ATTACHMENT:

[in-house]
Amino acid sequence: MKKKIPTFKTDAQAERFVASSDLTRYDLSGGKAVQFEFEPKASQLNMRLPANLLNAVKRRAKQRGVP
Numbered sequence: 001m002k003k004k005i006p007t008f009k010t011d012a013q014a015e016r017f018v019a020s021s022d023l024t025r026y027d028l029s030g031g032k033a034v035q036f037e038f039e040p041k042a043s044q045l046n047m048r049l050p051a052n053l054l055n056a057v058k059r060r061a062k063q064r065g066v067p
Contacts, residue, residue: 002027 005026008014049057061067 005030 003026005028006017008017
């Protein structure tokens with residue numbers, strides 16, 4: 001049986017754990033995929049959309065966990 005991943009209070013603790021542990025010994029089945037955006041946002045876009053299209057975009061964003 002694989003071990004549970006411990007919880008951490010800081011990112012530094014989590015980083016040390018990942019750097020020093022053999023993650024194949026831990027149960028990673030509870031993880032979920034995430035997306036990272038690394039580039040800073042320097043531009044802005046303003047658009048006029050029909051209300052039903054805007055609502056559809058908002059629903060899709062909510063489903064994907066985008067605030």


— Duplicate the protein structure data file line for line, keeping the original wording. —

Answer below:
[in-house]
Amino acid sequence: MKKKIPTFKTDAQAERFVASSDLTRYDLSGGKAVQFEFEPKASQLNMRLPANLLNAVKRRAKQRGVP
Numbered sequence: 001m002k003k004k005i006p007t008f009k010t011d012a013q014a015e016r017f018v019a020s021s022d023l024t025r026y027d028l029s030g031g032k033a034v035q036f037e038f039e040p041k042a043s044q045l046n047m048r049l050p051a052n053l054l055n056a057v058k059r060r061a062k063q064r065g066v067p
Contacts, residue, residue: 002027 005026008014049057061067 005030 003026005028006017008017
């Protein structure tokens with residue numbers, strides 16, 4: 001049986017754990033995929049959309065966990 005991943009209070013603790021542990025010994029089945037955006041946002045876009053299209057975009061964003 002694989003071990004549970006411990007919880008951490010800081011990112012530094014989590015980083016040390018990942019750097020020093022053999023993650024194949026831990027149960028990673030509870031993880032979920034995430035997306036990272038690394039580039040800073042320097043531009044802005046303003047658009048006029050029909051209300052039903054805007055609502056559809058908002059629903060899709062909510063489903064994907066985008067605030």